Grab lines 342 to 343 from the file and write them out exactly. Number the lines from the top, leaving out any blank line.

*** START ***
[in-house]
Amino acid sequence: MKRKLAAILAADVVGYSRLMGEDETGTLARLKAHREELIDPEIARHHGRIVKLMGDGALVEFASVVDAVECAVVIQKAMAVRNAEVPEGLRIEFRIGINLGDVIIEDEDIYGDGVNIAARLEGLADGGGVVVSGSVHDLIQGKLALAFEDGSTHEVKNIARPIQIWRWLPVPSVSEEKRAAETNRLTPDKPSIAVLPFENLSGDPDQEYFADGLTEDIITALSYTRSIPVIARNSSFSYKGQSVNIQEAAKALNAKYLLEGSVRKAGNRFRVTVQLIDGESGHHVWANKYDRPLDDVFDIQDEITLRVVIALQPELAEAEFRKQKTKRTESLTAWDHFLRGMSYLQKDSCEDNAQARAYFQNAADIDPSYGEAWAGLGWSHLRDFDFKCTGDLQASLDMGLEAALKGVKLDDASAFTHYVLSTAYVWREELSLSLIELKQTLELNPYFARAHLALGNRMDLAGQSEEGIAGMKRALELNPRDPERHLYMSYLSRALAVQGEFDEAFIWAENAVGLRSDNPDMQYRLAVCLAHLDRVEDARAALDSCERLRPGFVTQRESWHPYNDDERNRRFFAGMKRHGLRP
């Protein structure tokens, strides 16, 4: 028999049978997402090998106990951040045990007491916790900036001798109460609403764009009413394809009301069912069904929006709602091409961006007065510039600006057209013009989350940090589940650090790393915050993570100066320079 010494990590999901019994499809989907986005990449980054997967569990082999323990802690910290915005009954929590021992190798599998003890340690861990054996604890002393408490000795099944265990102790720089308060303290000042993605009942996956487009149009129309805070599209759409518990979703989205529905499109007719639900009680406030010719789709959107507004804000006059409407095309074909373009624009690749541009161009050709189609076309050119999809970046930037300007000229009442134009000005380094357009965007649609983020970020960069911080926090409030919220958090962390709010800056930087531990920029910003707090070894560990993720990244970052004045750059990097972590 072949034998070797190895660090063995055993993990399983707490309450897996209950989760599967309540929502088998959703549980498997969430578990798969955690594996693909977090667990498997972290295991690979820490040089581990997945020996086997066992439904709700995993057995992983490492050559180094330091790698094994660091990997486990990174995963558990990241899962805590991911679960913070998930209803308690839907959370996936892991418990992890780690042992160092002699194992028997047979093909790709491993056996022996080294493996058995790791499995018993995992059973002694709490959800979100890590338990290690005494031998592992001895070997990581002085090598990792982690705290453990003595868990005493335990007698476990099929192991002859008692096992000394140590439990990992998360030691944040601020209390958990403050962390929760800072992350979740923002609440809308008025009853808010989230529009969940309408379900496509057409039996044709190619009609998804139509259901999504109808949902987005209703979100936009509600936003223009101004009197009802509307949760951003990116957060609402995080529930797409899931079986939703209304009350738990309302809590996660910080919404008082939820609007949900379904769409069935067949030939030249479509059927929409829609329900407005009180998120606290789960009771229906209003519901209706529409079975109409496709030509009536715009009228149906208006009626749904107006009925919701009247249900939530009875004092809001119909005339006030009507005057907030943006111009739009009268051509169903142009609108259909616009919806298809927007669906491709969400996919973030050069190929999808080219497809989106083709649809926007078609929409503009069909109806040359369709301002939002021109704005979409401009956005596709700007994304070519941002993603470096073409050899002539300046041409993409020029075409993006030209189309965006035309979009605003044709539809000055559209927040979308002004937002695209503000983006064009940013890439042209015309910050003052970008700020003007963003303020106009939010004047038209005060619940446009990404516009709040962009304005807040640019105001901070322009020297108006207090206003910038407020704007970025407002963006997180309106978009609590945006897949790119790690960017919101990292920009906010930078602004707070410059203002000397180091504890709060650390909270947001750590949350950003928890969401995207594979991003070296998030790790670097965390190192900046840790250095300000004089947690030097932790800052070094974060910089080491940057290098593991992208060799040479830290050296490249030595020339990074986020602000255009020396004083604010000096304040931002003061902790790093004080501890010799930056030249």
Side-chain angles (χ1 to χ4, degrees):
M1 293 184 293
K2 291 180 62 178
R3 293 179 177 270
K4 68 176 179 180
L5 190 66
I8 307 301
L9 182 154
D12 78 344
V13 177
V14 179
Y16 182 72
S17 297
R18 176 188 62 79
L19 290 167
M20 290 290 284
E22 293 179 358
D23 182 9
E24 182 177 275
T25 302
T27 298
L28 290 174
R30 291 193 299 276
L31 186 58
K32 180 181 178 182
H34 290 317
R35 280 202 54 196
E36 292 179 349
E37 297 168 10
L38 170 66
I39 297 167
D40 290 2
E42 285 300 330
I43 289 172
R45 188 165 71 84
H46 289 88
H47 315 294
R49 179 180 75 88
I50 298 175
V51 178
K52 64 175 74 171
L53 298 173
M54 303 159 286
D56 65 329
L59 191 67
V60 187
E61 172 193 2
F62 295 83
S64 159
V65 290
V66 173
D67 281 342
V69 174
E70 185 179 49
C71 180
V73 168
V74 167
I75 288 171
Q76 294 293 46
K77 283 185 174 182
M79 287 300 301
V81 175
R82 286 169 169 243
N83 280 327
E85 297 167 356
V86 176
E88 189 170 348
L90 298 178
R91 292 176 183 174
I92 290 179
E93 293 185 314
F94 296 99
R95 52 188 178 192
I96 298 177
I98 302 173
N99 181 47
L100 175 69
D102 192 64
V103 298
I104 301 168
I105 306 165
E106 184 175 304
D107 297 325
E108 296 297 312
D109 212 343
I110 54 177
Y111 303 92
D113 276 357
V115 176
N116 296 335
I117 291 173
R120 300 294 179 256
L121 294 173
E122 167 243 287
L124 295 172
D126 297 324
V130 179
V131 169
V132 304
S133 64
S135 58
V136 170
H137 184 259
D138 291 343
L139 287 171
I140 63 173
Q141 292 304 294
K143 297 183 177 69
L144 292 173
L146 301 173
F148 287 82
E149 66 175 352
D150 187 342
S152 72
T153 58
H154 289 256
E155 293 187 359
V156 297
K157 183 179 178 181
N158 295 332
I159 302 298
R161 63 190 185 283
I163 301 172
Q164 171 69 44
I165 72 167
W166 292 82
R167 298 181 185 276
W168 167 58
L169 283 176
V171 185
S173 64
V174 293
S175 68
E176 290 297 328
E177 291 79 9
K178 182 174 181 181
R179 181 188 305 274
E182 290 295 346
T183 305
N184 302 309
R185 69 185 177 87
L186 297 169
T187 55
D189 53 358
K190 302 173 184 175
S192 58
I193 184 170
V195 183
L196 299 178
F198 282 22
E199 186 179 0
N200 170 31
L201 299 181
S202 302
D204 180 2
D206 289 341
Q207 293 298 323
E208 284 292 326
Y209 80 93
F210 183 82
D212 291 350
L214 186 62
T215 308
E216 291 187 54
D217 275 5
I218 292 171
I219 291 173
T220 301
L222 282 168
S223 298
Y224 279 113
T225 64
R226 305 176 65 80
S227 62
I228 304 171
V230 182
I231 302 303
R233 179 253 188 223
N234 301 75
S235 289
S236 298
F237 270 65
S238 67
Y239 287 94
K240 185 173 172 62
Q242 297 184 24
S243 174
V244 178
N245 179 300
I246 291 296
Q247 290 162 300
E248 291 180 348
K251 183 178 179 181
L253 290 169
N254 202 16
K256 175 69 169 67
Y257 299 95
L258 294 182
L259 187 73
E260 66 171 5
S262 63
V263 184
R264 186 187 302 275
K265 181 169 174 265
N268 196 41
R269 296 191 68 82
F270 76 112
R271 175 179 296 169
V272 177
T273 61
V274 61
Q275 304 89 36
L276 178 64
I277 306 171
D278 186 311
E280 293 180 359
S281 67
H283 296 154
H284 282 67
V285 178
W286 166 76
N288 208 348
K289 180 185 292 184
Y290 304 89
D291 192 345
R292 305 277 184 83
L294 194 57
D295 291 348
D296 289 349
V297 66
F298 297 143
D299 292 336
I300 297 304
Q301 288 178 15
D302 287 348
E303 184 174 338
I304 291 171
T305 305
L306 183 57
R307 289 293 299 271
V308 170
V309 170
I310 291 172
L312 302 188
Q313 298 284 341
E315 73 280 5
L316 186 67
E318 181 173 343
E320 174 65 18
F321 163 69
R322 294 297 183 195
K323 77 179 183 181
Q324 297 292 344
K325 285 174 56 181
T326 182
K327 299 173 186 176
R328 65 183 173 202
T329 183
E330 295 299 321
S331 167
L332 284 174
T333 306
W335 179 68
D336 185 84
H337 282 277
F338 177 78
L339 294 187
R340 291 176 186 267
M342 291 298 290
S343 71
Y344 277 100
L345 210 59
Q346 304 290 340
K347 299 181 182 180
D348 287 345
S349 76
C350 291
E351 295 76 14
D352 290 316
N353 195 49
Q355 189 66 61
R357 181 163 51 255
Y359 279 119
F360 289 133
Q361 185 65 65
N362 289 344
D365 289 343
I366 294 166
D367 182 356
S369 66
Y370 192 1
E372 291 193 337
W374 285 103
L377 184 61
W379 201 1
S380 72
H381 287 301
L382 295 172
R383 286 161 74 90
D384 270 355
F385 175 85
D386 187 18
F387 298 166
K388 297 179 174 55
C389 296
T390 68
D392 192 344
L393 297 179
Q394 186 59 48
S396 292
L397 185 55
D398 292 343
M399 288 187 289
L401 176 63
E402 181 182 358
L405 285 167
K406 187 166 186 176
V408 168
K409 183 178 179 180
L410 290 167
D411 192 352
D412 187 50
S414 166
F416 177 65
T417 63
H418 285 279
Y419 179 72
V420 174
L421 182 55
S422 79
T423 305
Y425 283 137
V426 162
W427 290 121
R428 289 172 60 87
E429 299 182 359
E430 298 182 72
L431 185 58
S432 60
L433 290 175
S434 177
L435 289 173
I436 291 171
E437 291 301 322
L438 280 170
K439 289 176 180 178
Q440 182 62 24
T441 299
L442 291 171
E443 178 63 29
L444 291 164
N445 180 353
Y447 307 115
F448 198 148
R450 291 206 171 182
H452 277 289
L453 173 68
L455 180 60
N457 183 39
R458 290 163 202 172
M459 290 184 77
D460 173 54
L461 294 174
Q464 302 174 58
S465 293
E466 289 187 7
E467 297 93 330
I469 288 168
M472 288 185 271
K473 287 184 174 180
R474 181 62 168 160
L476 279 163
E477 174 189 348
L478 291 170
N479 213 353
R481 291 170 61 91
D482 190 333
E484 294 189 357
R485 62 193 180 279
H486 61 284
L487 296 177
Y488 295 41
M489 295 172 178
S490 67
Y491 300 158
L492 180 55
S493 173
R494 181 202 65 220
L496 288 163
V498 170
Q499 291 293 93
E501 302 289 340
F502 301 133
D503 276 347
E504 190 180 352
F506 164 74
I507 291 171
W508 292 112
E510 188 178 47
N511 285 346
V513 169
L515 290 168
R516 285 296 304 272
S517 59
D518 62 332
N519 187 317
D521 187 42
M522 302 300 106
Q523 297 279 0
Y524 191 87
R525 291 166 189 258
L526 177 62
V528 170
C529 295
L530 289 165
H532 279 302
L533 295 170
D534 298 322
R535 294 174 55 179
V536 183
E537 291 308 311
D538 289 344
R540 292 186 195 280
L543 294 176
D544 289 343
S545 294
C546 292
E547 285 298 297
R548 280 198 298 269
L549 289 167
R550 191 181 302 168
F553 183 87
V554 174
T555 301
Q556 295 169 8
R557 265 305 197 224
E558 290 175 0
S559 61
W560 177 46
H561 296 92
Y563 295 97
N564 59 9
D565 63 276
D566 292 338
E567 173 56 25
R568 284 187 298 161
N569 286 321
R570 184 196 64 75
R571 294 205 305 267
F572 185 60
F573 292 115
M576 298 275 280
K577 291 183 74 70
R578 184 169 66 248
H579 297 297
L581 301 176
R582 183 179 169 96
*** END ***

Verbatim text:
S432 60
L433 290 175